Say the word hero and one might quickly imagine cape crusaders who are able to stop a locomotive with a single punch or save a damsel-in-distress by whisking her away from harm at the speed of light.
Meet Michael Elvord. With courage as his shield and love for humanity as his breastplate, he cleans operating rooms and hospital corridors daily amid the COVID-19 pandemic. Most would flee the responsibility given the mounting death toll this silent monster, the novel coronavirus, has claimed.
“I know that the job I’m doing is important,” said Elvord, an environmental services specialist at UnityPoint Health – Meriter Hospital. “This is serious, and people’s lives are at stake.
“I take care of the surgical rooms before and after surgeries. I have to sanitize and sterilize the rooms to make sure they are ready for the next procedure. That’s what I do 95 percent of the time,” he added.
Largely absent from national attention are the hundreds of thousands of workers devoted to disinfecting hospitals. These frontline personnel are among those most likely to be exposed to the virus and most essential to combating its spread.
Suited up in surgical masks, medical gowns and gloves, Elvord is indistinguishable from other medical staff. Like so many others in the health care field, he is responding to the onslaught of the COVID-19 pandemic with professionalism and fortitude.
“From the offset I realized, like many others at the hospital, that this was something serious,” Elvord said. “We saw what was going on in China and Italy in their hospital systems. Then we saw how New York was being overwhelmed. We knew it was coming our way.”
From staff meetings to hospital memos, he witnessed the growing progression of the environmental services jobs take on new meaning ̶ being the critical first line of defense against infection.
“There was never any level of panic. Just obviously a heightened level of concern, not just for our patients, but for our own health, our own safety and the safety of our families,” said Elvord, who also works as the facilities manager at the Urban League of Greater Madison.
Elvord admits he wakes up some mornings, from time to time, wondering whether this is the day he is exposed to the virus. But, knowing all the safety protocols in place at the hospital, he shrugs it off as something that occasionally crosses that back of his mind.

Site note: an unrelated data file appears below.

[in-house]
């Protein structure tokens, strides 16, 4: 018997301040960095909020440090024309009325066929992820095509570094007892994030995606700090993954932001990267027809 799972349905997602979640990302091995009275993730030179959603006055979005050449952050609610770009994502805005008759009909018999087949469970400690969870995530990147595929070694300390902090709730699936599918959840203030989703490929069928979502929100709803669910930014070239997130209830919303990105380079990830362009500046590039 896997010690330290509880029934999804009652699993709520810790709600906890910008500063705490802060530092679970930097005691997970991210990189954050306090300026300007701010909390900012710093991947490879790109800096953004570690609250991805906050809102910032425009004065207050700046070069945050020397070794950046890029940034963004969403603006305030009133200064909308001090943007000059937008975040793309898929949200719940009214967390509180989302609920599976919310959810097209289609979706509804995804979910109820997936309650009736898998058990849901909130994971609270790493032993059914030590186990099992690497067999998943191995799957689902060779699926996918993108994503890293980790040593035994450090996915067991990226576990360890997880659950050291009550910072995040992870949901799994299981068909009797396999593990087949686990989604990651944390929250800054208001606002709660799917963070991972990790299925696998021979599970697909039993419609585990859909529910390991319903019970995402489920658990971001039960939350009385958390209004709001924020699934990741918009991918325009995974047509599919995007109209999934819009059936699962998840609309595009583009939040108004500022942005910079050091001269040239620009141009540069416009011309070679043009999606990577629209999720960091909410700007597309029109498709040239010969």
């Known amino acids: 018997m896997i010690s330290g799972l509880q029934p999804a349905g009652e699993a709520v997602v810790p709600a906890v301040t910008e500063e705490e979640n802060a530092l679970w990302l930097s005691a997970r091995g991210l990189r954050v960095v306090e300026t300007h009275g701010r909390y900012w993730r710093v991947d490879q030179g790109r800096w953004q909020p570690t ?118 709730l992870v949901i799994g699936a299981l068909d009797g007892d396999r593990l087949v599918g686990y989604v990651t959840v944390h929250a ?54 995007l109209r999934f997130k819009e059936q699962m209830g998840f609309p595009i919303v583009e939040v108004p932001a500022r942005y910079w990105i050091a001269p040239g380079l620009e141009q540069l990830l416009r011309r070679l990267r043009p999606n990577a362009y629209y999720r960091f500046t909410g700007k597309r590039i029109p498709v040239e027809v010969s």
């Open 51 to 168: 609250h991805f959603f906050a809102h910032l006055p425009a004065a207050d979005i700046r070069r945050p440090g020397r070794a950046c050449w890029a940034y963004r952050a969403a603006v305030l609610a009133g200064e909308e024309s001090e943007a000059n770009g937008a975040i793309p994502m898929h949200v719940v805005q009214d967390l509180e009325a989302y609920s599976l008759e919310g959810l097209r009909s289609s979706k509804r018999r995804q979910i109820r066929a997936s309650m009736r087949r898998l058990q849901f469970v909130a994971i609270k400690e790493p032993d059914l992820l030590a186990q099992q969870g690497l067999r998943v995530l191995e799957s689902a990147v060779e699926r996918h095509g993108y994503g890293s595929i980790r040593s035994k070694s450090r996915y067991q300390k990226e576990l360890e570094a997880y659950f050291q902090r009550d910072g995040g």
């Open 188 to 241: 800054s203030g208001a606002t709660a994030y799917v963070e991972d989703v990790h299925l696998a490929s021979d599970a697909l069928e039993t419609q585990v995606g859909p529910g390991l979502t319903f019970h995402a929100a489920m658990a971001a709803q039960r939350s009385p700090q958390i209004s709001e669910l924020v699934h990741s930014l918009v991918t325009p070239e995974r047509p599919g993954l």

Seeing firsthand the devasting effect the COVID-19 outbreak has had on hospital workers and families of those fallen ill to the virus, Elvord will warn anyone he sees, without hesitation, not practicing social distancing or wearing masks.
“There are people dying out here. They don’t know what danger they are putting themselves in. Not only themselves, but anyone they come into contact with,” said Elvord, a Madison resident and proud father who self-quarantines himself from his loved ones.
By the time this article went to press, Wisconsin had more than 12, 540 new people who have tested positive for COVID-19, the state Department of Health Services reported. There have been an upwards of 2,040 people hospitalized so far, putting the hospitalization rate at 16%. Just over 450 have died from coronavirus.
Dane County reported having a total of 536 new cases, according to Public Health Madison and Dane County. The first case of the new coronavirus in Dane County, which was also the state’s first confirmed case, was reported on Feb. 5. Lastly, there have been 25 people who have died from COVID-19 across the county.
With Wisconsin’s “Safer at Home” restrictions set to expire May 26, Elvord warns a rush to return to normal could be risky. He said if those who believe the coronavirus is a hoax or an “older person’s disease” could walk in his shoes for a day, attitudes would change.
“The work done here is serious and it literally changes people’s lives,” Elvord said. “If I don’t do my job and I don’t do my job well, then the next patient that comes into the OR room may be at risk. So, I clean and sanitize that room as if the next patient were my mom, my dad, my brother or someone I love each time.”